Scottish National Dictionary (1700–)

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NICK, n.2 As in colloq. Eng. = the Devil. Common in Sc. as Auld Nick (see Auld, 3.) and in dim. forms Nickie, Nick(e)y. Also an evil spirit, an imp, phs. confused with Eng. nix, a water-sprite. Bch. 1804  W. Tarras Poems 40:
Come nicks or hags, in front or rear, Be thou our stay.
Fif. 1806  A. Douglas Poems 81:
To cheat an' lie is just the trade They learn'd in Nicky's cellar.
Sc. 1823  R. McChronicle Legends Scot. III. 97:
I thought that ye twa, Macseizin, had made a tryste ti gang ti Nickie thegither.
Sh. 1892  G. Stewart Tales 255:
Auld Nickey . . . is aye kind till his ain.

Combs. and Phrs.: 1. ane ta Nickey, “devil a one”, not one; 2. his Nickship, a jocular form of address for the Devil; 3. Nickie-ben, Nicky-, -bend, a name for the Devil, apparently originated by Burns metri causa (Gall. 1824 MacTaggart Gallov. Encycl. 447; Edb. 1839 W. McDowall Poems 53); a drubbing, trouncing, the devil to pay; 4. Nickie Blue-Thooms, id. (Abd.4 1930); 5. Nick's tar, ? pitch; 6. Nic(ky) Frog, a contemptuous term for a Dutchman as personifying Holland; 7. Nicky Tam, the Devil, found in an oyster-dredging song of the Firth of Forth. 1. Sh. 1898  Shetland News (21 May):
Fir my share, ane ta Nickey A'm seen yet at sood geng aroond me sae aisy.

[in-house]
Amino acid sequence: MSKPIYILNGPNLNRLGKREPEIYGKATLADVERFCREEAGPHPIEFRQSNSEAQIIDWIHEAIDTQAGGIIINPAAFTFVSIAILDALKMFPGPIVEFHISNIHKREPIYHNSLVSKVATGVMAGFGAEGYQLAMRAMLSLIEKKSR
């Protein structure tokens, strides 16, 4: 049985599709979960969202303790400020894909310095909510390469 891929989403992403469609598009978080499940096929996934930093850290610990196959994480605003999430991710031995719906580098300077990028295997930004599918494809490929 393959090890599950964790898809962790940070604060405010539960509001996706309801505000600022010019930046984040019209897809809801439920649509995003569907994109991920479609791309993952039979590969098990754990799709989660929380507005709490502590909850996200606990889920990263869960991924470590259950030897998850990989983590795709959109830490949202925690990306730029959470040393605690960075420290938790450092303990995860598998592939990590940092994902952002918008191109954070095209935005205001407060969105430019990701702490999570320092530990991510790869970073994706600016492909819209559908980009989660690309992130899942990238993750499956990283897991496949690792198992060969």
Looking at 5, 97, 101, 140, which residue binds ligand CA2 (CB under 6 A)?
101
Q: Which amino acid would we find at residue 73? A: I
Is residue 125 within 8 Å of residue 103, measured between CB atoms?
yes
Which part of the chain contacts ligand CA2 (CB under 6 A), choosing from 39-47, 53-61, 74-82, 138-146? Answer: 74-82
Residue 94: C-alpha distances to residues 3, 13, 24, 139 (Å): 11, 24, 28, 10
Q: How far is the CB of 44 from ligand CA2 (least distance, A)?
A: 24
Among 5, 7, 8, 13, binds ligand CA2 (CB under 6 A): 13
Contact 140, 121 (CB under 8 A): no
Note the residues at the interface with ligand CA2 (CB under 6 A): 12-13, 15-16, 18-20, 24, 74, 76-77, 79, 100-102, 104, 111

2. Bch. 1861  J. Davidson Poems 97:
Sae down I sat upon a bush, According tul his Nickship's wush.
3. Ayr. 1786  Burns Address to the Deil xxi.:
But fare-ye-weel, Auld Nickie-Ben! O' wad ye tak a thought an' men'!
Edb. 1821  W. Liddle Poems 184:
Nicky, ben [sic] will some day skelp ye.
Per. 1879  P. R. Drummond Bygone Days 408:
Blind Milton had no mind to “Nickie-ben”.
Lnk. 1884  P. Carmichael Cld. Poems 88:
Your prayer — that God defend Your Nannie frae Auld Nickybend.
Kcb. 1893  Crockett Raiders xxi.:
Come hame wi' the water this meenit, or ye shall get “Nickie Ben” frae your “Jo Janet”.
Sc. 1933  W. Soutar Seeds in the Wind 20:
“I'll name four reavers,” said the hen: “The whitrack's ane, the tod's anither, The rottan, an' auld Nickie-ben.”
5. Bnff. 1787  W. Taylor Poems 106:
Ouse-John, the master o' the pack, Thought fit to metamorphose Jack [a colt]; Then cramm'd his guts first wi' ram-brose, O' Nick's-tar neist he gae'm a dose.
6. Sc. 1712  J. Arbuthnot Works (1892) 268:
I left John Bull sitting between Nic. Frog and Lewis Baboon, with his arms akimbo, in great concern to keep Lewis and Nic. asunder.
Ayr. 1812  A. Thom Amusements 19:
Duncan from the Nore, That made old Nicky Frog to roar.
7. m.Lth. 1963  Scotsman (3 Aug.) Suppl. 1:
But if we're lang, They [oysters]'re only use — For Nicky Tam.

[The word is recorded in Eng. a.1643, phs. as an abbreviation of the name Nicholas, but phs. also associated with Nick, v.2, 1., to catch, seize, recorded in Eng. in this sense from 1634.]

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"Nick n.2". Dictionary of the Scots Language. 2004. Scottish Language Dictionaries Ltd. Accessed 13 Dec 2018 <>



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